Salmon & Tires

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Have you ever seen salmon spawning in a river? It’s kind of magical.

Two salmon jumping over waterfall.
Photo from Northwest Treaty Tribes.

I saw my first salmon spawning when I was in my early twenties. I was on the Clackamas River with my buddy. We were scoping out water to practice our casting. Flyfishing was new to both of us. I saw something splashing on the opposite bank, and we waded over to take a look.

I was stunned by how large the fish were and by their numbers. It was a real wildlife encounter. It’s one thing to see salmon in the supermarket or on a television show, and another to see the struggle of these endangered fish up close.

Their fins were skinned from kicking up the gravel to dig nests. The rotting skin was covered with a white fungus. To think of their journey—in the ocean and their return to this place, the evidence of their struggle, their near-death experience—was so real. Yet at the same time, this was their moment to give birth to young, to carry on a new generation. Living and dying was in the same kick of the fin. I was just there witnessing it, standing in the middle of the river. The water rushing between our feet, it was like we were part of it all.

The experience moved me so much that I started down a career path to help these fish.

The most heartbreaking thing I’ve ever seen in my work in water quality was a bright silver coho salmon dead on the stream bank. This was in Troutdale, Oregon on Beaver Creek. It didn’t have rotted fins or any evidence of struggle—it looked like it had just swum up from the ocean.

A dead salmon with its stomach cut and full of eggs.
Sudden death of coho in Beaver Creek.

My colleague, a fish biologist, cut it open and showed me the belly was still full of eggs. This was a case of “pre-spawn mortality,” a kind of sudden-death syndrome that had been noted since the 1980s in the Seattle area. For over twenty years, scientists in Washington had studied this phenomenon and came up short on any answers.

That was until a couple of years ago, when biologists in Washington, including Dr. Jennifer McIntyre and her colleagues at Washington State University, found that pieces of used tires could produce the same sudden death they’d seen in the stream. In early May of 2021, the team of scientists was able to confirm that a chemical used in tires to keep the rubber flexible is the culprit. I’ve followed this story for my whole career, and I can’t tell you what this news means to me.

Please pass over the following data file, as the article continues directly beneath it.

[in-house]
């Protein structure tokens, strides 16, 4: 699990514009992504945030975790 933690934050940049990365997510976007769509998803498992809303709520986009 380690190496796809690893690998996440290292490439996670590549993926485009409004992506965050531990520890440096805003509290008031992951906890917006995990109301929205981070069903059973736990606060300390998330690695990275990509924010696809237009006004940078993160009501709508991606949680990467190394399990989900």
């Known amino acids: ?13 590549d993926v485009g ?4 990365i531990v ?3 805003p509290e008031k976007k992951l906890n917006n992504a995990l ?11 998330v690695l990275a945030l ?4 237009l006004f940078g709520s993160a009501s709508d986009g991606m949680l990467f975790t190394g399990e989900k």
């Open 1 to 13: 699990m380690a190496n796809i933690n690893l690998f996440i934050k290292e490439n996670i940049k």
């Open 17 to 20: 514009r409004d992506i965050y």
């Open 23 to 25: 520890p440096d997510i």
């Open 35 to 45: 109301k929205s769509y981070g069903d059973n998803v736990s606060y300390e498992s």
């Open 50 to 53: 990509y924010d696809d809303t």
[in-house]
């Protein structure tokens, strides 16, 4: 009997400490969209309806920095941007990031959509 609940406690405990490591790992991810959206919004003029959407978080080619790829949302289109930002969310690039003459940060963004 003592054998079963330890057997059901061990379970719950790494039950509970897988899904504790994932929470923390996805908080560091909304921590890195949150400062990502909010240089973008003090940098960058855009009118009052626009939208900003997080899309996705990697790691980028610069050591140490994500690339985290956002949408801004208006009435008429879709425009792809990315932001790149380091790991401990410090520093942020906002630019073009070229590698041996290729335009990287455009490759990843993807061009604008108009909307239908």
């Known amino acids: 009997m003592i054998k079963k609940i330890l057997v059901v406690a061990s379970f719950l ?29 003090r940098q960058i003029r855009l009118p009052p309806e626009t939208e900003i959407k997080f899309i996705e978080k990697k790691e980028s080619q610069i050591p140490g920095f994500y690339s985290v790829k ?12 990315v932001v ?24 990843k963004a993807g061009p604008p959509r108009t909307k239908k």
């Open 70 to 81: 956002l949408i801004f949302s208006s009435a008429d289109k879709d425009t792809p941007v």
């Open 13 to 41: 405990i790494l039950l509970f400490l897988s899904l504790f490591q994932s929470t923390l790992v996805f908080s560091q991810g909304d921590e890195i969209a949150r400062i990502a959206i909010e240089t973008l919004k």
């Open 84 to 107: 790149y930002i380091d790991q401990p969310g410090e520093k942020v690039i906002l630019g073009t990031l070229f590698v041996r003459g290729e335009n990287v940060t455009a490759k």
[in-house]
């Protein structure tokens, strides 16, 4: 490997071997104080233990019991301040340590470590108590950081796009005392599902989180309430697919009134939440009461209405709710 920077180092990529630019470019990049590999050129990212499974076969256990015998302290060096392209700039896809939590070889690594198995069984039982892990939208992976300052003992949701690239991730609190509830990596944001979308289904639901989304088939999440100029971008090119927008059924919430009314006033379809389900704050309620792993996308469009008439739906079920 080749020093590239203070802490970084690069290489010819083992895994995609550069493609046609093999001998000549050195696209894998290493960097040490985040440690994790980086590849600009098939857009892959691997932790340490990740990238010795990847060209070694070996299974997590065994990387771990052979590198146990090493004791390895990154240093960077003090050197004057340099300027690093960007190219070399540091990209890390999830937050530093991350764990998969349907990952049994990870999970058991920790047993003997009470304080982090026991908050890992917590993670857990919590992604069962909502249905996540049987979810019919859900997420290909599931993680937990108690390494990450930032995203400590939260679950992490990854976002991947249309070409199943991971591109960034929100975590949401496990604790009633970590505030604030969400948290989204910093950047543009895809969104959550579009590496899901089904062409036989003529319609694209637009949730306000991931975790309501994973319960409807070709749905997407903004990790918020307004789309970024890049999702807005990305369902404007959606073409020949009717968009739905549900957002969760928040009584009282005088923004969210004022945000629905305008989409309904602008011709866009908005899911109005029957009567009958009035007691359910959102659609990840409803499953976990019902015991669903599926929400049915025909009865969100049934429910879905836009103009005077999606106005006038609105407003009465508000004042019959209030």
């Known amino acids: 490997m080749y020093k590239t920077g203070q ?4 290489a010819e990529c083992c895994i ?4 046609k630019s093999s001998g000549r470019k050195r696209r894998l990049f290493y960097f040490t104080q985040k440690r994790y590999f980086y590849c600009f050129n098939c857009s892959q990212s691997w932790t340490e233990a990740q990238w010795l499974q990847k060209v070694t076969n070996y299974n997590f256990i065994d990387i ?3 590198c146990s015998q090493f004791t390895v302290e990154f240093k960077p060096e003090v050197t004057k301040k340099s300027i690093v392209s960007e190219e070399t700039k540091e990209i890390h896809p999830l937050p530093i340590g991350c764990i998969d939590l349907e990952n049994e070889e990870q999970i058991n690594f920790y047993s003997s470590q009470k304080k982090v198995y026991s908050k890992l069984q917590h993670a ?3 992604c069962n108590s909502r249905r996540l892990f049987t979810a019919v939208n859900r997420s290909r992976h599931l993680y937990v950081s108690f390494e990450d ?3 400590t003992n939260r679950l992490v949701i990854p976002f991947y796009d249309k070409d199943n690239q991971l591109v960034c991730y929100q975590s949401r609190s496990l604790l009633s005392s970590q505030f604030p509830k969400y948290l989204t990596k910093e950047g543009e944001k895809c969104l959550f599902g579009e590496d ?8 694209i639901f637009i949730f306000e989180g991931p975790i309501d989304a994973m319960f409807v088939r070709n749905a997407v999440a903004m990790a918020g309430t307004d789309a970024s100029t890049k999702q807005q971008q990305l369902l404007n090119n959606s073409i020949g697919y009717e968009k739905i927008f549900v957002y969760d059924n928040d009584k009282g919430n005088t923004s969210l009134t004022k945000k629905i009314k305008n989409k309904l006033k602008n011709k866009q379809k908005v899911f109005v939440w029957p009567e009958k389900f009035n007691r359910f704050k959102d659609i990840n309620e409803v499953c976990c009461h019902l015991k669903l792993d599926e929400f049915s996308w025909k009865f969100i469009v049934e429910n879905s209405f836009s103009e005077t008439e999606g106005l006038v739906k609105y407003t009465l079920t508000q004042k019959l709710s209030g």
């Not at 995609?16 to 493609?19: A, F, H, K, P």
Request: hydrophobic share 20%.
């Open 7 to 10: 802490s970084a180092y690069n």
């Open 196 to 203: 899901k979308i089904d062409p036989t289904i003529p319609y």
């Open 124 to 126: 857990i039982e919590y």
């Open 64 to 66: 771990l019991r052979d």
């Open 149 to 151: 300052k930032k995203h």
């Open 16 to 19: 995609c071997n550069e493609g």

A small fish floating in an aquarium next to tire rubber.
Still image from a video by Jennifer McIntyre and WSU.

Now, imagine all the tires you see when you’re out and about. They are everywhere, and tires wear down every mile you drive. Imagine trying to stop these chemicals from washing into the stream when it rains. This is one reason runoff from our streets is considered the most significant growing source of pollution in our rivers.

It’s a huge burden to know this. It’s a burden to water scientists, folks who fish, tire manufacturers, the thousands of volunteers who help clean up our streams, government agencies who take care of our streets, and anyone who cares about our environment. This is a burden we all carry.

When we designed the automobile and built our streets over a hundred years ago, we didn’t anticipate we’d be riding on the smoking gun. Honestly, I thought it would have been something else. There have been some bad pollutants in our waters, but surprisingly, they weren’t quite as lethal to salmon.

It’s a lot to think about. Driving less and keeping tires inflated to the optimum pressure are part of the solution. But there have to be other answers. Check out my next blog post on how we can filter these chemicals with soil.

We are going to help these fish thrive someday. We’re just getting started.

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Roy Iwai

Roy Iwai

Roy has been involved in water quality issues for over twenty years. His work has been in municipal government, non-profit fish conservation organizations, and university research. Understanding how we can live with nature is his key interest in his work, as our city populations grow and pressure on native fish species increases. Roy has a M.S. degree in Oceanography and Coastal Sciences from Louisiana State University, and experience as a sushi chef in Portland, Los Angeles, and Baton Rouge.
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